Unable to browse the Internet despite correct modem lights

The lights on your modem look exactly as they should, but your Internet connection doesn't work. What could be the problem?

To troubleshoot, do the following:

  1. Confirm you've got the lights right. It's easy to misjudge which light means what on your modem. Read "What to do when the modem lights aren't the right color" for an explanation of what the lights on your modem should look like.
  2. Restart your computer and/or modem. This is such a simple troubleshooting step that it's easy to forget, but wow, it solves a lot of problems.

    To restart your computer, simply power it down and then bring it back up.

    To restart your modem, use the ON/OFF switch. If your modem doesn't have an ON/OFF switch, unplug the power cord from the back of the modem. (You'll know you unplugged the correct cord if all the modem lights go OFF.) Wait 30 seconds, and then plug the power cord back into the modem. In about 3 to 5 minutes, the wireless indicator light should start flickering green, and should have Internet connectivity.

  3. RESETTING your modem

    Sometimes simply turning the modem ON/OFF isn't enough. In those cases, a RESET can be helpful.

    For step-by-step instructions, read "Modem RESET: Understanding what it does and when to use it." Be sure you read the article before resetting your modem. You don't want to accidentally erase network information you need, and doing a reset clears out any custom settings you have programmed into your device including: static IP entries, DNS, customized admin password, customized wireless settings, port forwarding, routing and DHCP settings.

    Note: If you were using custom settings and recently reset your modem to its factory defaults, your custom network name (SSID), password (KEY or PASSPHRASE) and other data will not work because that information has been erased. You will need to use the factory defaults or create new custom settings. (The factory default information is usually on a sticker on the bottom of the device.)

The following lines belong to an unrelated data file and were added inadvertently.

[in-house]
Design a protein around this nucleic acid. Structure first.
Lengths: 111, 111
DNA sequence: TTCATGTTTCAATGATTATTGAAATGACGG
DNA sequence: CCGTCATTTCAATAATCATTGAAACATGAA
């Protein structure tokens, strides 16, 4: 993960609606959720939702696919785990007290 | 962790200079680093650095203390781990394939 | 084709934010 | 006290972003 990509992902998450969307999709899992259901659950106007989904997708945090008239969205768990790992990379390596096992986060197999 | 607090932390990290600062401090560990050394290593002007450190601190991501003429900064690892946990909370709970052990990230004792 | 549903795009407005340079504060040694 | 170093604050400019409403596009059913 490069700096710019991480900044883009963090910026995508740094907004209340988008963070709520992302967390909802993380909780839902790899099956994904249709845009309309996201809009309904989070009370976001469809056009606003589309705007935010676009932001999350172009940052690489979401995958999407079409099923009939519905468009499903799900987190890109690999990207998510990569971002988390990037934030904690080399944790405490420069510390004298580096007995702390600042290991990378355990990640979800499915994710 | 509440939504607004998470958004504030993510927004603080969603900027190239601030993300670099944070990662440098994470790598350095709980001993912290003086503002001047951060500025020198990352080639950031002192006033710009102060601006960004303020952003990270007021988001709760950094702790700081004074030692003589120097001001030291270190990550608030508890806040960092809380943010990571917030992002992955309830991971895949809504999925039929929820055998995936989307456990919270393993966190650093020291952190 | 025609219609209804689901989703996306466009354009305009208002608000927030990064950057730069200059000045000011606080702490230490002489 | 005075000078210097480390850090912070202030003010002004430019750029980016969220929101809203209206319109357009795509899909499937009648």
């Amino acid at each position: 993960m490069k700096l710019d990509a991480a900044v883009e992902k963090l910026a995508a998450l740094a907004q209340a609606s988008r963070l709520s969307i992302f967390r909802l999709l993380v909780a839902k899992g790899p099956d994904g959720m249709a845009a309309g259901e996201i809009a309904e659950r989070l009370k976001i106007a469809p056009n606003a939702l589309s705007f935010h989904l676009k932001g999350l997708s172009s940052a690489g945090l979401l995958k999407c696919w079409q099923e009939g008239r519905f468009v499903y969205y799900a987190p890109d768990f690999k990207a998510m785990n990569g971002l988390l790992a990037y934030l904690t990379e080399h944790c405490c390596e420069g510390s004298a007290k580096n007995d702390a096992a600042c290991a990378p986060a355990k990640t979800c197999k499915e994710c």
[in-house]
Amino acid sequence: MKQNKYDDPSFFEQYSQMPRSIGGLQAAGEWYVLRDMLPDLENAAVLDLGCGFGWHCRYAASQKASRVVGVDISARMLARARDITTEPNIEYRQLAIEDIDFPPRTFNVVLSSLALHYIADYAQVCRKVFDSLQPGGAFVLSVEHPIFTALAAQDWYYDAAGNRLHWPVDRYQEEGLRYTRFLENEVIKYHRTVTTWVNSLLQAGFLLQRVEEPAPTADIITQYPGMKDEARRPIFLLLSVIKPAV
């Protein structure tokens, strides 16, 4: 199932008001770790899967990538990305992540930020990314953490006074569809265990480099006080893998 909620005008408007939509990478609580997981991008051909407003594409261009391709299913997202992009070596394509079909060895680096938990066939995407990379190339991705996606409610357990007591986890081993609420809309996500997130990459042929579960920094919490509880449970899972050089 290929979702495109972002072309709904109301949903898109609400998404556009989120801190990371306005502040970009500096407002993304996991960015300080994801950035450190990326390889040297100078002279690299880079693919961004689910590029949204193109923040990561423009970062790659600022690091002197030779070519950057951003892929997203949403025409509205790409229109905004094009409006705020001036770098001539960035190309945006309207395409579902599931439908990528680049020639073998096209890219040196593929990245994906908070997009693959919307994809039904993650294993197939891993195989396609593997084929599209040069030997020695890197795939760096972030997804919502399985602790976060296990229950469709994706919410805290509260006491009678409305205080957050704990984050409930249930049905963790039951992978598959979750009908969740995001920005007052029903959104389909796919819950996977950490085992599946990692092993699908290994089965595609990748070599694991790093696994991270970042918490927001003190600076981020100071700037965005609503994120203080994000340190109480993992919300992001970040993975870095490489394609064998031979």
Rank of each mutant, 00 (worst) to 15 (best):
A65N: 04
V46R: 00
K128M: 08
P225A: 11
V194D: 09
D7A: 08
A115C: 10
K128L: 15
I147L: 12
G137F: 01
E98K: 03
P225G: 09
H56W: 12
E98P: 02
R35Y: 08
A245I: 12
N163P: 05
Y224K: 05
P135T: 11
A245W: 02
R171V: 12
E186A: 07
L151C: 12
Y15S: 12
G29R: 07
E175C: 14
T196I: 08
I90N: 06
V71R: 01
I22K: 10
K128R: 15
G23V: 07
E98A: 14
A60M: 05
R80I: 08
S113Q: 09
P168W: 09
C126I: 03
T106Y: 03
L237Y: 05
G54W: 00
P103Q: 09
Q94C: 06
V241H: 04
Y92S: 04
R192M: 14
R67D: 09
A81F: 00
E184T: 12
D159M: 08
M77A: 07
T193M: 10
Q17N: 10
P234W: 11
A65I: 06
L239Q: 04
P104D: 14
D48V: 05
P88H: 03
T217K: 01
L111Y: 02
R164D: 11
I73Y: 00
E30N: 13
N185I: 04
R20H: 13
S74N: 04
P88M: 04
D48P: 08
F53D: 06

4. Confirm your cords are installed correctly and undamaged. In particular, focus on:
    • Power cord -- It's surprisingly common for people to use the wrong power cord. They'll use a cord for an old modem or their stereo speakers, and while the cord might fit, the voltage and/or amperage isn't correct so the modem won't work.
    • DSL line -- Lines can be damaged, not designed for your modem and/or plugged in wrong. For example, it's easy to crush a cord by rolling over it in your chair or pinching it in a door. Be sure to check your DSL line for signs of damage.

      Use the DSL line that came with your modem because it's specifically designed for your device. In fact, if you need a long cord -- instead of using a 50-foot phone line which may (or may not) work -- set up wireless networking in your home or use a long Ethernet cable.

      Finally, confirm that your line is installed correctly. The phone line that runs between the wall jack and the modem should go into the modem port labeled DSL or LINE (label varies by modem). The PHONE port on the modem is intended for telephone devices only.
    • Ethernet cable -- All the cords and cables can be confusing, and it's easy to get the wrong things connected. To figure out if you've got it right, start with the basics ... Connect only your computer (no router, no game station) to the modem using the Ethernet cable. If that works, you know you have connection, and there's a problem with the rest of the setup.

      Tip: It's not uncommon for people to plug BOTH ends of the Ethernet cable into the modem. Unfortunately, that doesn't work. You need to connect ONE end of the Ethernet cable to your modem and plug the other end into your computer.


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